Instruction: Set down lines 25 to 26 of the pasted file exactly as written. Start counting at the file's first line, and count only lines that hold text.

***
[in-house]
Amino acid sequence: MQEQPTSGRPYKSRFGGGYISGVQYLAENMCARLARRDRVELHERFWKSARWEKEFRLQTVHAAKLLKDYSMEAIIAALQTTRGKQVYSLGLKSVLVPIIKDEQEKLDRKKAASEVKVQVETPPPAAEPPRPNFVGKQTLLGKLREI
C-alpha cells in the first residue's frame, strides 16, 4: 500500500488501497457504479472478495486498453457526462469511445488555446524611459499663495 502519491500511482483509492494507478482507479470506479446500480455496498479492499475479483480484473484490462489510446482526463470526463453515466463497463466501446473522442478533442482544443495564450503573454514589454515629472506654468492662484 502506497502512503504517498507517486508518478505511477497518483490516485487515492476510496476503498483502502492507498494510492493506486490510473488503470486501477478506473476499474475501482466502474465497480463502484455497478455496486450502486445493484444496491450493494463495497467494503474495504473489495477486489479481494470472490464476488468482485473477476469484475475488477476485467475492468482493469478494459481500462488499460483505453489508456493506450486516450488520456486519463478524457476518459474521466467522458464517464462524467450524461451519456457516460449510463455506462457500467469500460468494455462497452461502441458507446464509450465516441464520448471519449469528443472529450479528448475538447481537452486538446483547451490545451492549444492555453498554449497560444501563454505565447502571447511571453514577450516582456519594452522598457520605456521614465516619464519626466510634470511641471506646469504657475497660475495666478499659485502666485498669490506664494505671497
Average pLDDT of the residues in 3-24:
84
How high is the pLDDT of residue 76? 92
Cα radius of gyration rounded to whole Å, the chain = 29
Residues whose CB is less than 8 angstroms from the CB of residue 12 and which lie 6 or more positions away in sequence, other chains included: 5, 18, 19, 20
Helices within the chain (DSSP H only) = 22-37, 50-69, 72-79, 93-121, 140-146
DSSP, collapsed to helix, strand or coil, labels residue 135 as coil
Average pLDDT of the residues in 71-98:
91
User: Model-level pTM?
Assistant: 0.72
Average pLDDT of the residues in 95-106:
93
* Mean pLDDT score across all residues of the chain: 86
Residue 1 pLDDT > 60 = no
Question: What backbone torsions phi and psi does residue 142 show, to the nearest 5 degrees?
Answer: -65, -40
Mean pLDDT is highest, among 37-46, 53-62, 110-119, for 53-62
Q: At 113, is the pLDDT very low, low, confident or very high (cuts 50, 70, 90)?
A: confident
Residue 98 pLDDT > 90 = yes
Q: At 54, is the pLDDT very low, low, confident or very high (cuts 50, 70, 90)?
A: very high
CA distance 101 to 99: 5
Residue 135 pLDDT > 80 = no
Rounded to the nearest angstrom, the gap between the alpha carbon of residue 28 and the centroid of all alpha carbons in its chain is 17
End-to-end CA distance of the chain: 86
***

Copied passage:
Q: At 54, is the pLDDT very low, low, confident or very high (cuts 50, 70, 90)?
A: very high